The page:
A 'Ready, willing, and able' letter isn't always required.

Penalty interest explained: Is a ‘Ready, willing, and able’ necessary?

It’s well known in the real estate industry that penalty interest can be charged by buyers or sellers if the other party isn’t ready to settle.

There are, however, some areas of penalty interest that are misunderstood. In this article, I’ll explain the basics of penalty interest, and share some information that may prove useful in your conversations with clients.

Penalty interest serves as compensation for the buyer or seller when the other party has caused a delay in settlement. The right of buyers and sellers to charge interest is set out in the Joint Form of General conditions, which in clause 4.1 states:

(a) If for any reason not attributable to the Seller, Settlement is not completed within 3 Business Days after the Settlement Date, the Buyer must pay to the Seller at Settlement interest on: (1) the balance of the Purchase Price; and (2) any other money payable at Settlement.

Clause 4.2 states:

If for any reason attributable to the Seller, Settlement is not completed within 3 business Days after the Settlement Date the Seller must allow to the Buyer at Settlement, as a deduction from the Purchase Price, compensation on: (a) the balance of the Purchase Price; and (b) any other money payable at Settlement.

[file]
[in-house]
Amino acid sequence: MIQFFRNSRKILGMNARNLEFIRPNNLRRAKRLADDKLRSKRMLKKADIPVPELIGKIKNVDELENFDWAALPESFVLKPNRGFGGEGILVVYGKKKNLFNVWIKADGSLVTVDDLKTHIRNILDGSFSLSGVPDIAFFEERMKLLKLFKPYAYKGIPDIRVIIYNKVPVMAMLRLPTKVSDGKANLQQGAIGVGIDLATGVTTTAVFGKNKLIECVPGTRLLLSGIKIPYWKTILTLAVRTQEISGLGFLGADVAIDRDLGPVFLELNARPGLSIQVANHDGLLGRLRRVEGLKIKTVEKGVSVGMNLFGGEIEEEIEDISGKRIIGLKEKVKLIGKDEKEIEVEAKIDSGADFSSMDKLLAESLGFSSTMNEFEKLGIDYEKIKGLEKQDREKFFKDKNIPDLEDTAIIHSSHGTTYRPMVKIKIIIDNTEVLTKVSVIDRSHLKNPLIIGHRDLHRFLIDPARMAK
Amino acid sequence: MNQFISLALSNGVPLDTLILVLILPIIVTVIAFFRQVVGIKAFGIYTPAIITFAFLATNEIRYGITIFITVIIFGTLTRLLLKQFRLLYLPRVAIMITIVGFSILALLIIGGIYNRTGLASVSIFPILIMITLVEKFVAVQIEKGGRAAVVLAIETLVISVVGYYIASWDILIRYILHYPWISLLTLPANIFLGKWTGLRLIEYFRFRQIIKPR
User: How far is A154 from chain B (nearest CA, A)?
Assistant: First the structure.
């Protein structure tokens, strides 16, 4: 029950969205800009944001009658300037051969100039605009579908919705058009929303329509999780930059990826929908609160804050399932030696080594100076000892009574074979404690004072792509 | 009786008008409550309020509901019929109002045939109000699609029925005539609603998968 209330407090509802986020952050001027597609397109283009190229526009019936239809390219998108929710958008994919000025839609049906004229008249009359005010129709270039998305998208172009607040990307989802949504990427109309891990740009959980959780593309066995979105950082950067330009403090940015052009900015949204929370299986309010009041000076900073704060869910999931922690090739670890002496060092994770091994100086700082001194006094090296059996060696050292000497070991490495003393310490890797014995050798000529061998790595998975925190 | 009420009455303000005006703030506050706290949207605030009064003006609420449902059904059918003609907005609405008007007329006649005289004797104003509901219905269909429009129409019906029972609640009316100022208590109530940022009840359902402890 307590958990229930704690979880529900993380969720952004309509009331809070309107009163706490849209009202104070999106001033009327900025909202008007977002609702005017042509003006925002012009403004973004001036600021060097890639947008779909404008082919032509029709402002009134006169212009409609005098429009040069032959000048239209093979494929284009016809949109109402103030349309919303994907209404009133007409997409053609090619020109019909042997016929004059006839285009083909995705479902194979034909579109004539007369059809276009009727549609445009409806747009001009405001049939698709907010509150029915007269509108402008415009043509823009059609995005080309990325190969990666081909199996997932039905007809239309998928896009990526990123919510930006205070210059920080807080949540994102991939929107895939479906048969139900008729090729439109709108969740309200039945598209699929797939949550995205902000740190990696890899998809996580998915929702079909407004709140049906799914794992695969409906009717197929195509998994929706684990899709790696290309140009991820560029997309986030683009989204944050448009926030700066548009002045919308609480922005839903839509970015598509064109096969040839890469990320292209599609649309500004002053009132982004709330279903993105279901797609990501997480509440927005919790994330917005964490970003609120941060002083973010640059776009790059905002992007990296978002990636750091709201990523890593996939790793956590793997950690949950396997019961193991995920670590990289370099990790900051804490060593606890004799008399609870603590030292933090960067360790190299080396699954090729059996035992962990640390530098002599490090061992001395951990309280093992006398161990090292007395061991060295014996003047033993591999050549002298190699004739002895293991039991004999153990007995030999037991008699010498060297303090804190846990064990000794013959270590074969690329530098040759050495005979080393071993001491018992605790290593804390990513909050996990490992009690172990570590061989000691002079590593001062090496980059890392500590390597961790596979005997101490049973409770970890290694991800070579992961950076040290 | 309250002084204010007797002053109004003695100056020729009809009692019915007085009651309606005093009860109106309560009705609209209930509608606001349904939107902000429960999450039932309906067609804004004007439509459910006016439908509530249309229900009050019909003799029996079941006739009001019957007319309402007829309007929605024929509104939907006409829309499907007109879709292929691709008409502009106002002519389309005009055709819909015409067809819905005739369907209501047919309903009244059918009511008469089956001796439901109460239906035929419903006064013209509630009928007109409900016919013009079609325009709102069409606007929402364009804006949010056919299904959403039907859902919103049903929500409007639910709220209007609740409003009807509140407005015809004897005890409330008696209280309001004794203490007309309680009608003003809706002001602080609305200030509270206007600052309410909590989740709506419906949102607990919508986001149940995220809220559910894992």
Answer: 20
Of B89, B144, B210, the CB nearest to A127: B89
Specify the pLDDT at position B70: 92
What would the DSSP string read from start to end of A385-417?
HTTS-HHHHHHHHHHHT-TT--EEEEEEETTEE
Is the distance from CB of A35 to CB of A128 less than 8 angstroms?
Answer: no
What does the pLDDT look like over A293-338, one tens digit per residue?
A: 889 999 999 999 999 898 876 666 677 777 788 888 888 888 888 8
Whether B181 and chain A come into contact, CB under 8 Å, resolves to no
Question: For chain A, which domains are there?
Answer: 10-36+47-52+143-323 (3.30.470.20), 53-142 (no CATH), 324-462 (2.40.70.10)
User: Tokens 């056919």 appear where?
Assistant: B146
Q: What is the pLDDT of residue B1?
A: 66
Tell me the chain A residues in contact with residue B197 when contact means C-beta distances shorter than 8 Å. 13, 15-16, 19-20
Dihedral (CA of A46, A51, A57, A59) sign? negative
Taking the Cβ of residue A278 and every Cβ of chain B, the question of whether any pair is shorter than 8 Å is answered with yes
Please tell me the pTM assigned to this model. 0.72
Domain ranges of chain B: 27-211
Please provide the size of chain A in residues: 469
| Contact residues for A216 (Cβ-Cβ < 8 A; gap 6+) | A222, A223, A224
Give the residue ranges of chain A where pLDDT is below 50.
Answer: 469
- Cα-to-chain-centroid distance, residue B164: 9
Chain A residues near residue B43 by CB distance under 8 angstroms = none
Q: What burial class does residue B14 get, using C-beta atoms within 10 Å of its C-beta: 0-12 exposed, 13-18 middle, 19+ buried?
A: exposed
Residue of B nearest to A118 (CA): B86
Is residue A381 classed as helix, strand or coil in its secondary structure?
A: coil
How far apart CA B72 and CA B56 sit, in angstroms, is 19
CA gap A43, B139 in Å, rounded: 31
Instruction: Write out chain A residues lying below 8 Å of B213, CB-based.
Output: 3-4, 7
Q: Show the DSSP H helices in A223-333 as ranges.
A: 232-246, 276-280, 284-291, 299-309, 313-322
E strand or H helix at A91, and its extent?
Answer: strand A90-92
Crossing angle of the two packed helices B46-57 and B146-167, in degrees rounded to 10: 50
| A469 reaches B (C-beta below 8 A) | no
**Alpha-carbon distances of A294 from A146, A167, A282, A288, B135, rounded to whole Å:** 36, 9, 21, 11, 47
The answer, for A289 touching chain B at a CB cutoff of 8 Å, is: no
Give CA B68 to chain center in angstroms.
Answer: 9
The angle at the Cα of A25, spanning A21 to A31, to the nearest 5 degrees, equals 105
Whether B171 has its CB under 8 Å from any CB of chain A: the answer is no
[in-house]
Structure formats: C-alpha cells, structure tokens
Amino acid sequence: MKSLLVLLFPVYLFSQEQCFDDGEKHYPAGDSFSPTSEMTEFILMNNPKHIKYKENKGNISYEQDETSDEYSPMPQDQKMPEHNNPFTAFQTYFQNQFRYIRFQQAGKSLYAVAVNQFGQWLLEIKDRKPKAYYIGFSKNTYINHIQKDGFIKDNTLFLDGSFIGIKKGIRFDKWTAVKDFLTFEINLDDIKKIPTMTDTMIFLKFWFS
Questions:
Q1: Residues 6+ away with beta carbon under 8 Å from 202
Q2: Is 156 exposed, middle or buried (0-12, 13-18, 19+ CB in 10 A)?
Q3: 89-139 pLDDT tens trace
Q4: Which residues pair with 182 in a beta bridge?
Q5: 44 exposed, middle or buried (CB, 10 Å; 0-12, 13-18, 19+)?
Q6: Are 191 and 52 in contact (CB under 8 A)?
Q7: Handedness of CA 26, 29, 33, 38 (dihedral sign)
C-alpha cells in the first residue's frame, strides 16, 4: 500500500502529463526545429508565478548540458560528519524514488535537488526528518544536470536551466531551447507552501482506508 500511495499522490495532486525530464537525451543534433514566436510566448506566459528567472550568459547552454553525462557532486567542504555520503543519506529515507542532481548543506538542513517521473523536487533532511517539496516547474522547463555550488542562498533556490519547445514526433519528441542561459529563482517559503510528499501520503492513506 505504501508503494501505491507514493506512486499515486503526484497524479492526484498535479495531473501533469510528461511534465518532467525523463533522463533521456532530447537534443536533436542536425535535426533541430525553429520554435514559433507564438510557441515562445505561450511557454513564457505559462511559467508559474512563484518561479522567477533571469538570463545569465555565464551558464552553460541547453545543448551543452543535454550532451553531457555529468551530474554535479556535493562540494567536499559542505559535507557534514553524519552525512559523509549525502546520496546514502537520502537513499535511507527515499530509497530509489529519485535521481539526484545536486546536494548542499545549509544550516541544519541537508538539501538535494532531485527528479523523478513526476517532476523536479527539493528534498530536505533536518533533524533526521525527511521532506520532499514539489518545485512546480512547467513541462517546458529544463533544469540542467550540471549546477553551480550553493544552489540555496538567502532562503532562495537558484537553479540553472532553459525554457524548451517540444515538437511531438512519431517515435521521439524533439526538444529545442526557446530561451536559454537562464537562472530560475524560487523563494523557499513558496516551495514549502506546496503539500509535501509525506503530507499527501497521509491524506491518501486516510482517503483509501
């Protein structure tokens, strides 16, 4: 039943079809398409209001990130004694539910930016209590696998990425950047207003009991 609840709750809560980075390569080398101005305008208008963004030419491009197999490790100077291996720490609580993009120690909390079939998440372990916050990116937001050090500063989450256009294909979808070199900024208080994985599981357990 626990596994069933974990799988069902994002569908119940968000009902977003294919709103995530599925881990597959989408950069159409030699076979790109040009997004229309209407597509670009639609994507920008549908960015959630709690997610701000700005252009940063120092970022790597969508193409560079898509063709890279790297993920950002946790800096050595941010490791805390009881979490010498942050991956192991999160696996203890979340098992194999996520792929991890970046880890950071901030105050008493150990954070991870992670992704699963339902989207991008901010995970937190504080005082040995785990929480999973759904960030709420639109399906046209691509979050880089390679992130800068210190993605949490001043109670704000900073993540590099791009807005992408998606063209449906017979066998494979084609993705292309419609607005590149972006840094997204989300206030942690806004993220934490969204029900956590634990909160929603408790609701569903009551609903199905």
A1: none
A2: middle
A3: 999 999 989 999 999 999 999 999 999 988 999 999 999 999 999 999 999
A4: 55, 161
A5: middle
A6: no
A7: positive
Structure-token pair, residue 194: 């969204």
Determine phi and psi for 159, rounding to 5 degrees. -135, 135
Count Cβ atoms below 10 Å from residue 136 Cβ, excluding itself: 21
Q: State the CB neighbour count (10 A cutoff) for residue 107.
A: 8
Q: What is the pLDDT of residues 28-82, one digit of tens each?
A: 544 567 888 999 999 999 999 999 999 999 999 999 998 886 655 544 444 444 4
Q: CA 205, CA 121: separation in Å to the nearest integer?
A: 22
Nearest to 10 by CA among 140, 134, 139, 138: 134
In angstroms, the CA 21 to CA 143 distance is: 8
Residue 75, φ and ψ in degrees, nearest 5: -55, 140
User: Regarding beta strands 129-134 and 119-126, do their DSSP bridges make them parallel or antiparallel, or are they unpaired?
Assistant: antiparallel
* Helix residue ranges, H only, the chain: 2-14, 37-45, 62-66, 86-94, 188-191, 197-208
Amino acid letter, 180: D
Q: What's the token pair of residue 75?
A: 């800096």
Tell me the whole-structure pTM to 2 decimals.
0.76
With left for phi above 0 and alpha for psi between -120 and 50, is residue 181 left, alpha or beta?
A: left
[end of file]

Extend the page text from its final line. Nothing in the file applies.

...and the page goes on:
Penalty interest is calculated based on the balance of the purchase price and other money due to be paid on settlement, and is charged for each day from and including the settlement date, but excluding the date on which settlement occurs.

A common misunderstanding is that if a ‘Ready, willing, and able’ notice wasn’t issued when the buyer/seller was ready to settle, then the party being charged penalty interest can dispute the charge.

It is generally common practice for settlement agents to issue a ‘Ready, willing, and able’ notice to a party that’s not ready to settle, letting them know that they’ll be charged penalty interest for a delay, but this is not a requirement – so in most situations, a notice not being issued is not a reason to dispute penalty interest.

A notice does need to be issued, however, if both the buyer and seller are not ready on settlement date, and one party later becomes ready (at this time, the notice should be issued).

A second misunderstanding regards when penalty interest needs to be paid. The obligation of the buyer/seller to proceed to settlement is subject to the penalty interest being paid – so penalty interest should be paid at settlement. Settlement should proceed even if penalty interest is in dispute – the penalty interest should be held in the trust account of the entitled party’s settlement agent pending legal action/resolution.

Do you have any questions about penalty interest? Or do you have something you’d like to add? Leave a comment and let me know.

Image by Rasmus Andersson via Flickr.